Tuesday, February 28, 2017

Station Eleven by Emily St. John Mandel

Image result for station eleven
Rating: 4/5 stars
Genre: Post-apocalyptic/Speculative fiction
Features: Plague, survival, humanity

“Because survival is insufficient.”

“This is my soul and the world unwinding, this is my heart in the still winter air. Finally whispering the same two words over and over: ‘Keep walking. Keep walking. Keep walking.’”

 “What was lost in the collapse: almost everything, almost everyone, but there is still such beauty.”

I'm always drawn to books like this, books about humanity after a cataclysmic event, after an "apocalypse." You might think this is terribly morbid, but actually, I love books like this because they strip aside everything but the core of what humanity is, the beautiful and horrific. Station Eleven is different than other post-apocalyptic books I've read in that it's not really sci-fi. It's in the future, but it's not about technology or aliens or space travel. It's an utterly fascinating look at a very terrible "what-if": What if a strand of a flu virus wiped out nearly all of the human population? And beyond that, it's a look at the strength, determination, character, and ingenuity of man in the face of unspeakable tribulation.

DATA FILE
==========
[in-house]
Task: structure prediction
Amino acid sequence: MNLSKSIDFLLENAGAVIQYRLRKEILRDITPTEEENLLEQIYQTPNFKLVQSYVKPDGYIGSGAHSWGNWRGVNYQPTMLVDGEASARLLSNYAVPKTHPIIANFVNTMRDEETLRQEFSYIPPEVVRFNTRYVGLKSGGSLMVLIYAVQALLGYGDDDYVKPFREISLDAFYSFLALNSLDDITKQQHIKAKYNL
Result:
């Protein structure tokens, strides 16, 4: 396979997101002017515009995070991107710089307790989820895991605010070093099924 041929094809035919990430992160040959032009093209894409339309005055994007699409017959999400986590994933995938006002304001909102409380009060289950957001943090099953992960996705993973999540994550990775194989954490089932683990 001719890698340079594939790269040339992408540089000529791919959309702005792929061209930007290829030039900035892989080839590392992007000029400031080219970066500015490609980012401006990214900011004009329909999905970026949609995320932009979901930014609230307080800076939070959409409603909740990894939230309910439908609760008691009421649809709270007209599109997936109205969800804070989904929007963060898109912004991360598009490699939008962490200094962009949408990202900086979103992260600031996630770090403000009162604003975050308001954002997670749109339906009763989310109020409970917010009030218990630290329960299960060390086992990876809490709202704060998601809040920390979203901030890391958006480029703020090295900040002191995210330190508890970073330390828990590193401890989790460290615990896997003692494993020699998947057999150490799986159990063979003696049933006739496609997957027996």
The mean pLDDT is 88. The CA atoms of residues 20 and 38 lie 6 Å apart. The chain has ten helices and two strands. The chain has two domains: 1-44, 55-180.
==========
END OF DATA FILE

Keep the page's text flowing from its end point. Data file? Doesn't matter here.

What really sets this book apart is the writing style. It's poetic, full of imagery, yet flows effortlessly from the very first page. The author also rotates the narrative from the perspective of a couple of main characters, and moves back and forth along the timeline (pre- and post-apocalypse). The effect is a feeling of transcendent timelessness, as if the reader has stepped outside of the chronological order of things and can see the ephemeral lives of people from above, from outside earthly constraints. And from that perspective, the reader has a unique view into each character's struggles and victories.

I also love that this book puts on original twist on the post-apocalyptic genre. One of the main characters is part of a traveling group of musicians and actors that migrates from town to town, performing for the people in an effort to preserve beauty and entertainment. Additionally, this book (unlike other post-apocalyptics) looks at the world two decades after the collapse, not just a few weeks or months. Pockets of people have survived and the human spirit, though trodden upon, is not crushed. They have redefined what is important and shed all useless possessions because they have no choice, but in doing so, they have tapped into something far greater.

I enjoyed the questions that this book brought to mind: What would life be like without the internet? What would we do, if all our gadgets and technology failed us?

If you enjoy an artistically written end-of-the-world novel with a glimmer of hope, this book is right up your alley.

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